So much of the challenge has been encountering church leaders who always felt the need to warn me about impropriety. Truth be told, I couldn’t imagine a person with lower risk factors than myself for living a “scandalous” lifestyle marked by partying and free-wheeling sexuality. When I was in high school, I was the kid who always buttoned the top button and tucked in my shirt. I had no interest in showing skin and still experience regular frustration with shopping for clothes that fit right. I don’t know what would have happened if I had been in an Evangelical church where the leaders committed to helping me follow Christ in an atmosphere of generous spaciousness around questions of who I loved and how to love these people best.
Much of my journey has involved carving out a sense of generous spaciousness for myself. I’ve made the argument time and time again, “Human beings have meaningful relationships with other human beings because that is a part of what it means to be created in the image of a triune God.” When I started to say that all humans have meaningful relationships with other people, I discovered ways to live in rich friendships where the word friend failed to capture the mystery of those relationships. Meeting Sarah showed me how things look and feel different when two people fall into an organic pattern of relating with one another. I’ve been blessed to have some wonderful spiritual directors who have been able to walk with me on my journey. When it comes to the particulars of my relationship with Sarah, we take joy in the fact that we’re figuring things out as we go along.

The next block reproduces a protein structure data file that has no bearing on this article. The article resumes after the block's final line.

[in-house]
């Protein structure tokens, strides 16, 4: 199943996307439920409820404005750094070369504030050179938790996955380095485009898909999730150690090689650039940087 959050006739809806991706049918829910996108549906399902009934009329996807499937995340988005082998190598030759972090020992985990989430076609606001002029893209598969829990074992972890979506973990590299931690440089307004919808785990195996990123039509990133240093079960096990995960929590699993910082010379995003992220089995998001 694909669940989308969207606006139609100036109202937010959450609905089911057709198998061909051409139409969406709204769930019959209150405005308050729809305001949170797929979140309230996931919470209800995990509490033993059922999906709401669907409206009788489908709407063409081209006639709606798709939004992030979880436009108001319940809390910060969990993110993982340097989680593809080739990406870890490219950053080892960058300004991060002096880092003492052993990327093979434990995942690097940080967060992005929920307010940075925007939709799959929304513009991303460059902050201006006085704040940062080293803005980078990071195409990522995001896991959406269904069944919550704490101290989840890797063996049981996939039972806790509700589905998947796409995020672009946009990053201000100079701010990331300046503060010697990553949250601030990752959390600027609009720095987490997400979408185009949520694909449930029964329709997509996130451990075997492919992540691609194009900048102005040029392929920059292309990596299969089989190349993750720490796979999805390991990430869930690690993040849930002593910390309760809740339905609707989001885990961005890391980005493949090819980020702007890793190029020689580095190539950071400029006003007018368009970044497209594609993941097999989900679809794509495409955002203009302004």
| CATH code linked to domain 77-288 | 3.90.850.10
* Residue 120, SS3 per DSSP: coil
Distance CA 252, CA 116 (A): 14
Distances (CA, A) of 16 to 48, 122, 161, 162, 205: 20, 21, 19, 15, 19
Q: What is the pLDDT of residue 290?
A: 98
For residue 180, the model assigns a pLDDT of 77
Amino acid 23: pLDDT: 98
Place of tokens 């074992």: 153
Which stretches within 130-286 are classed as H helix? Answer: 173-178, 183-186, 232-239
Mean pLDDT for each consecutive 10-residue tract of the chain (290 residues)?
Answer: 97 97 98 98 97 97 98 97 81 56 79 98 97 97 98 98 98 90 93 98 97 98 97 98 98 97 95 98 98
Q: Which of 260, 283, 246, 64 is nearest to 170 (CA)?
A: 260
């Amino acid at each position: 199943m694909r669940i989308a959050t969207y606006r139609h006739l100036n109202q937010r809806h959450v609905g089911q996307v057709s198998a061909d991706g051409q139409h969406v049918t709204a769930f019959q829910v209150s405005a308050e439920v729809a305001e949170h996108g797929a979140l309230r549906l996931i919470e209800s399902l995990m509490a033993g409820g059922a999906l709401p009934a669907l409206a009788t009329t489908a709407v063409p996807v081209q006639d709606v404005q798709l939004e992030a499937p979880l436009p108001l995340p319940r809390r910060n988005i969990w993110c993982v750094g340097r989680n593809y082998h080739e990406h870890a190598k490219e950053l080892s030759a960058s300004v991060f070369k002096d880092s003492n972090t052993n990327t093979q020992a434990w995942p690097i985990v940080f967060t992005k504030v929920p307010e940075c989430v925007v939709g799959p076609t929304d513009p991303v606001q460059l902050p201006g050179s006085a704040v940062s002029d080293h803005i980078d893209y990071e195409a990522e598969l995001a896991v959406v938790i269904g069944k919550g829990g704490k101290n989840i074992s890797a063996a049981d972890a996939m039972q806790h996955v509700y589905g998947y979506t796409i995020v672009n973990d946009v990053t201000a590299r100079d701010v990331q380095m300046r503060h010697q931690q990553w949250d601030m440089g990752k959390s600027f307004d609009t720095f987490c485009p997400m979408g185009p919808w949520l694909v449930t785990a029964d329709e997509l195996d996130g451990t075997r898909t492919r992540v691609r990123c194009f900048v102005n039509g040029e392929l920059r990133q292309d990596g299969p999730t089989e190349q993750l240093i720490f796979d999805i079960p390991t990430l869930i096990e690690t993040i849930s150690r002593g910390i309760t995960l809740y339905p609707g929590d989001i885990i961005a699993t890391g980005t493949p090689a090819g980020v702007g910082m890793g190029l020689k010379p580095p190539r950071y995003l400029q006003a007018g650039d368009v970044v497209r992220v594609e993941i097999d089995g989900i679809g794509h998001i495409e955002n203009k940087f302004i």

I don’t know how a compassionate Evangelical pastor would respond to my life with Sarah. I could see this hypothetical pastor asking himself or herself whether it made sense for me to marry Sarah even with our commitment to celibacy. After all, many Evangelical pastors I’ve met over the years would say that in marriage two people seek God’s blessing upon their relationship and formalize their promises to one another in the presence of witnesses. I could see this pastor asking Sarah and me a ton of questions about how we’ve struggled to navigate different facets of health care access. I wonder how this pastor would encourage the two of us to share our commonly held prayer requests with our faith community. I really have no idea how I would handle talking with a pastor who had these sorts of questions, but I do know that it’s an amazing surprise whenever a person decides to let me know that he or she cares about walking with me along my journey. But I wonder if this hypothetical pastor would feel like he or she was teetering at the edge of a schism for even asking thoughtful questions about our relationship and any pastoral needs that might arise when two people are in such a relationship.
Many Evangelical churches do not have any tradition of celibacy lived in community. I wonder if a compassionate Evangelical pastor would investigate different ways Christians have shared life together over the years. Would he or she stumble upon skete monasticism? If so, would this hypothetical pastor feel like he or she could help us discern our vocation as a community of two? Would this pastor perceive that his or her only option would be to pray with us on the condition that all three of us never said a word to anyone else?
Living in community creates some interesting tension points. I’m rather used to feeling like I live at the edge of schism. I’ve been counseled more times than I can imagine to live in silence, to keep quiet, and to stay out of sight lest the issue erupt. That’s part of what it means to be closeted. But I wonder how much longer people can fit into the closet when trying to provide faithful pastoral care to LGBT Christians. I’ve seen families who have gone into hiding with their loved ones. I’m sure there are many pastors who have taken the route of “I will pray with you, but please don’t tell anyone else that I’m journeying alongside of you.” The whole situation reminds me of playing “Sardines” as a youth group kid. After a while, the game turns comical because all of the youth are trying to hide in exactly the same spot. There’s no hiding anymore.
How is it that any, and seemingly all, conversations about providing pastoral care for LGBT people happen at the edge of schism? Lord have mercy.